Bill Steigerwald has an article in the April Reason—on newsstands now!—arguing that a great deal of John Steinbeck's acclaimed travelogue Travels with Charley was fabricated. His essay caught the eye of The New York Times, which covered the story today:
In the published version of "Travels With Charley" Steinbeck's itinerary is often hard to follow, so Mr. Steigerwald created a timeline, drawing on newspaper accounts, biographies and Steinbeck's letters, to determine where Steinbeck was on such and such a date. Discrepancies with the book's account immediately popped up…."This is just grunt journalism," Mr. Steigerwald said of his research methods. "Anyone with a library card and a skeptical gene in his body could do what I did."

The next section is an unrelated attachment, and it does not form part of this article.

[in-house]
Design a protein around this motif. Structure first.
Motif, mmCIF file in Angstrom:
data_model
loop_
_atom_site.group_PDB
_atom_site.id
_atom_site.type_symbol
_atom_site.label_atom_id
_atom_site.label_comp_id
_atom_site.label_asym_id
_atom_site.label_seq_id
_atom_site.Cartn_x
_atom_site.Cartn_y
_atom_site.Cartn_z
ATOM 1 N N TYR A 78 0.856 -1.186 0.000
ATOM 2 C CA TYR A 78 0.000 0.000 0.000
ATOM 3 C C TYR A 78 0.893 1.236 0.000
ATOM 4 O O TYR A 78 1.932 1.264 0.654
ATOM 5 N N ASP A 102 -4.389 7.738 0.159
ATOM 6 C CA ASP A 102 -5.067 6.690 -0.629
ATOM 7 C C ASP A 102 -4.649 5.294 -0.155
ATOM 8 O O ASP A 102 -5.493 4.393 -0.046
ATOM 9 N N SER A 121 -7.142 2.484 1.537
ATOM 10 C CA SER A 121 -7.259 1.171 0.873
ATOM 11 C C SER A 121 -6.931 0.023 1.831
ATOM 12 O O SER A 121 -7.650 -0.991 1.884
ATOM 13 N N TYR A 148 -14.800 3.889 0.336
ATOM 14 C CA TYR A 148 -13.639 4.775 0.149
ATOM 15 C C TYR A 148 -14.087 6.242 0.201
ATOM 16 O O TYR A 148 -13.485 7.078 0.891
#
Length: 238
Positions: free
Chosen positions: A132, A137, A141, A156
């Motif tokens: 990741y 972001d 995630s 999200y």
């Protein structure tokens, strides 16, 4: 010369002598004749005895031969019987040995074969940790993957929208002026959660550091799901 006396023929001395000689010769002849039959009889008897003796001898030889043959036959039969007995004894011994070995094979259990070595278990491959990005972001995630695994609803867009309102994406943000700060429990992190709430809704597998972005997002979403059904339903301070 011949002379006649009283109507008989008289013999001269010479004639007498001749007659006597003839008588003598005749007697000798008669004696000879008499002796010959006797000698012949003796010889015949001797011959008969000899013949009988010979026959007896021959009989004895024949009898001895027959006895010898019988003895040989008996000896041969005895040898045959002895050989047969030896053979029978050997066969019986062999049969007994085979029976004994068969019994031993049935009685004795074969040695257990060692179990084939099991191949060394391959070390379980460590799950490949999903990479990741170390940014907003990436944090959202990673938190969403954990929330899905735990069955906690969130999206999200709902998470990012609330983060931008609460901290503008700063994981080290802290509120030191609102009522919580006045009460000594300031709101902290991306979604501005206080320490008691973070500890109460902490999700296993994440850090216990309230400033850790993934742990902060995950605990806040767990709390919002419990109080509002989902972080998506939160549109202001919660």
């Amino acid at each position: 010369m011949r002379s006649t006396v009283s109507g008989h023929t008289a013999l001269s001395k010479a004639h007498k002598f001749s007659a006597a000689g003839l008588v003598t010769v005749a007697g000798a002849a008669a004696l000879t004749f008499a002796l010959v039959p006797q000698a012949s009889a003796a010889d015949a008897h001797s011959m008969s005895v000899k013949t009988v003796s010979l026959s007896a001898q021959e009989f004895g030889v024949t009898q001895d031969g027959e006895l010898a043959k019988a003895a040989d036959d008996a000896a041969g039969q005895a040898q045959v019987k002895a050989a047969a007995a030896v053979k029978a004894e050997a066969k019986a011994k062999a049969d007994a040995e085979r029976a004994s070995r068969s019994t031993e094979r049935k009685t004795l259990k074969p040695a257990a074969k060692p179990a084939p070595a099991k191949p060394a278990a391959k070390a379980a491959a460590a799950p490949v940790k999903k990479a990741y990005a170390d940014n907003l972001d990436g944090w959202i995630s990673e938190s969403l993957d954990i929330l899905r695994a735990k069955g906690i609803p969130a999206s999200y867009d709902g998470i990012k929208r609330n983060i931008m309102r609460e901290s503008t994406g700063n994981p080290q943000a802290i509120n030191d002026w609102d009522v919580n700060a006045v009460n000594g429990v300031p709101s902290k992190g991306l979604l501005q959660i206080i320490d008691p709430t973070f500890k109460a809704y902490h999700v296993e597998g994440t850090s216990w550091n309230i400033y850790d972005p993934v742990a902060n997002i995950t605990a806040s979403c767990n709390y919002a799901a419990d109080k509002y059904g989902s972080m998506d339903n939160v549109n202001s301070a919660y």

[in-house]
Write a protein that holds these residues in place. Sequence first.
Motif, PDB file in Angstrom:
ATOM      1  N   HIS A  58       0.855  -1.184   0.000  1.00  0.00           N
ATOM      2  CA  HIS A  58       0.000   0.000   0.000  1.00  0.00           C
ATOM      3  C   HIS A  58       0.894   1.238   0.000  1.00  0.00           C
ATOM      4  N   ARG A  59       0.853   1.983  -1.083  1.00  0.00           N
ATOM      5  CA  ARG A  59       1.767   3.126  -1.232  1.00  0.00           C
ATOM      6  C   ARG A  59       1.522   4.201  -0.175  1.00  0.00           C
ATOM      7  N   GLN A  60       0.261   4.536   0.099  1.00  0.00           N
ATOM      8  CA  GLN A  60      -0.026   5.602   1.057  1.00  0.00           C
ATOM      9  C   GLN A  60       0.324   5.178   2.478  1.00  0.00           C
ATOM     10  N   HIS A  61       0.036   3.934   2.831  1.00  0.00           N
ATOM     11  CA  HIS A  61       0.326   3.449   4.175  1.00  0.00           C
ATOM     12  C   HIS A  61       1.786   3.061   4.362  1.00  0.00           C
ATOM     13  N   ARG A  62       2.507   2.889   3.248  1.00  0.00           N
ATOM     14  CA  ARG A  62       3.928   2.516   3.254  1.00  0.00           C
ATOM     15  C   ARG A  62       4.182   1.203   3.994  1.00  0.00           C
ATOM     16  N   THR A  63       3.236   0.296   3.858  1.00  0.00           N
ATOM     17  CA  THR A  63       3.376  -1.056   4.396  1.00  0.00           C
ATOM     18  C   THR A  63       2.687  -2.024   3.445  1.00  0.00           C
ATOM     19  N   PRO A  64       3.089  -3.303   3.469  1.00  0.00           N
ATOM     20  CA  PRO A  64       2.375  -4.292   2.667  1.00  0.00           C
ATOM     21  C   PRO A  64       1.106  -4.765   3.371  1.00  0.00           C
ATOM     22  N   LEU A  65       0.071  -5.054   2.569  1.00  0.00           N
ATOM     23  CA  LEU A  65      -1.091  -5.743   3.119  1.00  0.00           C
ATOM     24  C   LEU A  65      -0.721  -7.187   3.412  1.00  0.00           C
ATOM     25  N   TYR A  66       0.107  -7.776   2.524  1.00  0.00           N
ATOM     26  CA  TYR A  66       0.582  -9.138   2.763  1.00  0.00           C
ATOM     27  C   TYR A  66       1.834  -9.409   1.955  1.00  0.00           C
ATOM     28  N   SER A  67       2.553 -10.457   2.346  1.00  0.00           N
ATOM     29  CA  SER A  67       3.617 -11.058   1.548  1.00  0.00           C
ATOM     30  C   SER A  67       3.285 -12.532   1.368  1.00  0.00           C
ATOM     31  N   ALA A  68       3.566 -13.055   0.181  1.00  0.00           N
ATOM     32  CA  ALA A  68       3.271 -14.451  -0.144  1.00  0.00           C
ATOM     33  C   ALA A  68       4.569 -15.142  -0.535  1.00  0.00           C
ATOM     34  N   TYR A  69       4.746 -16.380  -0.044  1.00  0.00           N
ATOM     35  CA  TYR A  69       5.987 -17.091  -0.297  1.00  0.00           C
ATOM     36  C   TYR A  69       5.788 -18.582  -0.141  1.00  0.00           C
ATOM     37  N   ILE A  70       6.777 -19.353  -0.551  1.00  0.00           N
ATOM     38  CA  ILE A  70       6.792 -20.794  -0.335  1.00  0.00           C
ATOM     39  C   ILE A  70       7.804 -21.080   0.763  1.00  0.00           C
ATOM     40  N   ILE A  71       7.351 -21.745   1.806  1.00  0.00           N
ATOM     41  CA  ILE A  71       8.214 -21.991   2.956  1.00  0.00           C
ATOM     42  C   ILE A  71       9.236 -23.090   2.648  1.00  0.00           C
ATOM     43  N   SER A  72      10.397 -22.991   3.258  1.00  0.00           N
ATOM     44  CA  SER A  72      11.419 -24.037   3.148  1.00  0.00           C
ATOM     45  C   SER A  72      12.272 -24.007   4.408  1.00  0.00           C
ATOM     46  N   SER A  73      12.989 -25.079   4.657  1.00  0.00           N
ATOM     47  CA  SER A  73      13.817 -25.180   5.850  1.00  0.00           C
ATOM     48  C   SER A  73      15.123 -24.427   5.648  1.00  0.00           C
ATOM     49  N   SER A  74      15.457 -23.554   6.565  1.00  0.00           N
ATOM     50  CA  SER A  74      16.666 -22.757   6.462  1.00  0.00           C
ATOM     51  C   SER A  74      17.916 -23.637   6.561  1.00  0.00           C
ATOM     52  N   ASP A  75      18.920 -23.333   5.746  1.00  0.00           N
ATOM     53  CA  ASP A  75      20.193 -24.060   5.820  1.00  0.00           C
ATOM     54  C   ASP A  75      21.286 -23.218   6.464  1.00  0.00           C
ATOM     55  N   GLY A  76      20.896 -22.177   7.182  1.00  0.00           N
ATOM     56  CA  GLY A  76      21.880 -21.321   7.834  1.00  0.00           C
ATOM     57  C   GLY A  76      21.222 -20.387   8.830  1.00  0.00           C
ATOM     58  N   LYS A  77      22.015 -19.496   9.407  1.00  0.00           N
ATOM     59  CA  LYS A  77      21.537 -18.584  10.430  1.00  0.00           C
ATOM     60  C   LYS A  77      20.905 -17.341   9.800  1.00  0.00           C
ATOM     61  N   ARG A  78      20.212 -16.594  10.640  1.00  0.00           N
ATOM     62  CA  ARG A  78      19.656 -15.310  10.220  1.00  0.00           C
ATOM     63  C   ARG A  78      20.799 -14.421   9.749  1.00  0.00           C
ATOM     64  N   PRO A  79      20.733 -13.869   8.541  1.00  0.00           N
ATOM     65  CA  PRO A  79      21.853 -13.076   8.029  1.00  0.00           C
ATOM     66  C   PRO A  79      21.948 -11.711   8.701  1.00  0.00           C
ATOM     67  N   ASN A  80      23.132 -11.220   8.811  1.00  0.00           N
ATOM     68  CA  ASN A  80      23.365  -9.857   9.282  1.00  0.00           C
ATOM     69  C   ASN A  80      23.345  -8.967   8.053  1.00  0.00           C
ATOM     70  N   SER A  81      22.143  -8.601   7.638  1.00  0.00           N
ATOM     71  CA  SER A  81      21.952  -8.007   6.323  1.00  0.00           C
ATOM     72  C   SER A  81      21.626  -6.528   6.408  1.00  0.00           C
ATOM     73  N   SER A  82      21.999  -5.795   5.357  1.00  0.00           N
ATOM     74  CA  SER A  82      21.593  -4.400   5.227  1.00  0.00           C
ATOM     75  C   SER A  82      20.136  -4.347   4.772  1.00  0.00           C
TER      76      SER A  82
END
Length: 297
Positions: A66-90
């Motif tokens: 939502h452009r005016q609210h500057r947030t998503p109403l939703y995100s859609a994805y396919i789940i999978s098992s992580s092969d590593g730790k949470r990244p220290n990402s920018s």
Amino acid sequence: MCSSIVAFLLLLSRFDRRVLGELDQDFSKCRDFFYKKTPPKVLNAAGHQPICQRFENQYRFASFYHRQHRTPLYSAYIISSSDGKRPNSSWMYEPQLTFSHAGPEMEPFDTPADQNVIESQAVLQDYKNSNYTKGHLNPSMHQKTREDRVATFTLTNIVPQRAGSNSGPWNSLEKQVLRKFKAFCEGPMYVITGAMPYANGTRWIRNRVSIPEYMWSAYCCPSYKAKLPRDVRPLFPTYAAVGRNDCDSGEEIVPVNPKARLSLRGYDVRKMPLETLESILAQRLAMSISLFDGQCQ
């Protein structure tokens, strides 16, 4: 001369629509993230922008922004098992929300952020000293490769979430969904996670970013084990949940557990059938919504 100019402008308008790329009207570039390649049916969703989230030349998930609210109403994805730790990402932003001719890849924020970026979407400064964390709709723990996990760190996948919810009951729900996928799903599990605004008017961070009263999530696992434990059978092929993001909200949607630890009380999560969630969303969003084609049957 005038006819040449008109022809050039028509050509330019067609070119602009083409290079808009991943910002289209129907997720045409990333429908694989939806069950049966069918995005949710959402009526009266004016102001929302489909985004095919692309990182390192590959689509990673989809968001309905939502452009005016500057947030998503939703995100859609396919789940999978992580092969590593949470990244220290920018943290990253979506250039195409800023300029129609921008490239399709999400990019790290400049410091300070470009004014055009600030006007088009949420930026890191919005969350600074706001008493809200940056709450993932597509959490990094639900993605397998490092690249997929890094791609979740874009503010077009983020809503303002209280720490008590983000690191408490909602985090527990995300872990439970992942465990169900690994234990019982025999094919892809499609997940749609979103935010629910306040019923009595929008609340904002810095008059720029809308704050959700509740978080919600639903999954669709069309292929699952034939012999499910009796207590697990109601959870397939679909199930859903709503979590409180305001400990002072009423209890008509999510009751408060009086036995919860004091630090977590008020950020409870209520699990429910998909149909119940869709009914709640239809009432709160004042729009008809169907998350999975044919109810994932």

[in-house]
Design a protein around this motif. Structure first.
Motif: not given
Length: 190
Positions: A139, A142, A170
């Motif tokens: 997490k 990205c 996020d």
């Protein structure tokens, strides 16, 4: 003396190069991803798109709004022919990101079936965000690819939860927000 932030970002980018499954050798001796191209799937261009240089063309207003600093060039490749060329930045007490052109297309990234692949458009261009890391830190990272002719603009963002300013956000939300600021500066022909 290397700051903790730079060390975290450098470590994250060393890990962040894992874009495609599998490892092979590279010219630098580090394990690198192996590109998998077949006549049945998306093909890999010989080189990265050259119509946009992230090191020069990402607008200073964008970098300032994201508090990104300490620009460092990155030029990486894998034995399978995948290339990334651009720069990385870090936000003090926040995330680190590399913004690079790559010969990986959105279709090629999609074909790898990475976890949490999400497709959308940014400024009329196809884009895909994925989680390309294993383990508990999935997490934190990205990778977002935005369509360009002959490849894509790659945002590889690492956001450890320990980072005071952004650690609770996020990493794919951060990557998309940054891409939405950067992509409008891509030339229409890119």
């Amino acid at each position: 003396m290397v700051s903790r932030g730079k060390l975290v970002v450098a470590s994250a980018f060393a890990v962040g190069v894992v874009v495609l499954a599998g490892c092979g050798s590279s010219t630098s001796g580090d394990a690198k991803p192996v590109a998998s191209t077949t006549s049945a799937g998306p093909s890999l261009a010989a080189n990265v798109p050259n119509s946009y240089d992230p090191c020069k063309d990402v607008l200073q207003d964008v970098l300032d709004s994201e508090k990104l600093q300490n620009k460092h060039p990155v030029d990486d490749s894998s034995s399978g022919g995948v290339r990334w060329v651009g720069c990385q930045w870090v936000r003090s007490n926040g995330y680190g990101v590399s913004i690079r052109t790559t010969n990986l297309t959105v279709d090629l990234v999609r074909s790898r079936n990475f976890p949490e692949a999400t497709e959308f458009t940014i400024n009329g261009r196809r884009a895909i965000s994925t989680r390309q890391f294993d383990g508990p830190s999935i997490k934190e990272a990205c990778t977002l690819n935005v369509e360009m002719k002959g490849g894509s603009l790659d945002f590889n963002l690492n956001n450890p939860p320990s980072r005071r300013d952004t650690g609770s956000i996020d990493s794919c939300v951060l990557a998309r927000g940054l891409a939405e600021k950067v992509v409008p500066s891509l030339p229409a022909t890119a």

He added that he was a little surprised that his findings hadn't made more of a ripple among Steinbeck scholars: "'Travels With Charley' for 50 years has been touted, venerated, reviewed, mythologized as a true story, a nonfiction account of John Steinbeck's journey of discovery, driving slowly across America, camping out under the stars alone. Other than the fact that none of that is true, what can I tell you?" He added, "If scholars aren't concerned about this, what are they scholaring about?"
Read the whole Times piece here.